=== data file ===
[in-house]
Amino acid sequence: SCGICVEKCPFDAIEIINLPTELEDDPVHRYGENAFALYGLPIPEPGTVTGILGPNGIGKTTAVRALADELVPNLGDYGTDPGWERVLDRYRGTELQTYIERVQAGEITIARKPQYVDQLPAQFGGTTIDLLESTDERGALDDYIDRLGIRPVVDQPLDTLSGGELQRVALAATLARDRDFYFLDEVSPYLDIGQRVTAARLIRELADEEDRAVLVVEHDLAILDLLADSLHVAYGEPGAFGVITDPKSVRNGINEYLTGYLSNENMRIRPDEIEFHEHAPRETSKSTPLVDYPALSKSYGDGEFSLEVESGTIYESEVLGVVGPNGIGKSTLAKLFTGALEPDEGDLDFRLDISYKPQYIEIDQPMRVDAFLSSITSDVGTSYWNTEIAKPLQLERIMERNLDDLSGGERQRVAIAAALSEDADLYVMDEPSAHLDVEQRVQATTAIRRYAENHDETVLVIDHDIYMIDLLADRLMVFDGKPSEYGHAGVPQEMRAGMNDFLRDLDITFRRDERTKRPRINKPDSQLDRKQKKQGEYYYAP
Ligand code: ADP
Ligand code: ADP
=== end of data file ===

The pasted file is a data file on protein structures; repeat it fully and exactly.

[in-house]
Amino acid sequence: SCGICVEKCPFDAIEIINLPTELEDDPVHRYGENAFALYGLPIPEPGTVTGILGPNGIGKTTAVRALADELVPNLGDYGTDPGWERVLDRYRGTELQTYIERVQAGEITIARKPQYVDQLPAQFGGTTIDLLESTDERGALDDYIDRLGIRPVVDQPLDTLSGGELQRVALAATLARDRDFYFLDEVSPYLDIGQRVTAARLIRELADEEDRAVLVVEHDLAILDLLADSLHVAYGEPGAFGVITDPKSVRNGINEYLTGYLSNENMRIRPDEIEFHEHAPRETSKSTPLVDYPALSKSYGDGEFSLEVESGTIYESEVLGVVGPNGIGKSTLAKLFTGALEPDEGDLDFRLDISYKPQYIEIDQPMRVDAFLSSITSDVGTSYWNTEIAKPLQLERIMERNLDDLSGGERQRVAIAAALSEDADLYVMDEPSAHLDVEQRVQATTAIRRYAENHDETVLVIDHDIYMIDLLADRLMVFDGKPSEYGHAGVPQEMRAGMNDFLRDLDITFRRDERTKRPRINKPDSQLDRKQKKQGEYYYAP
Ligand code: ADP
Ligand code: ADP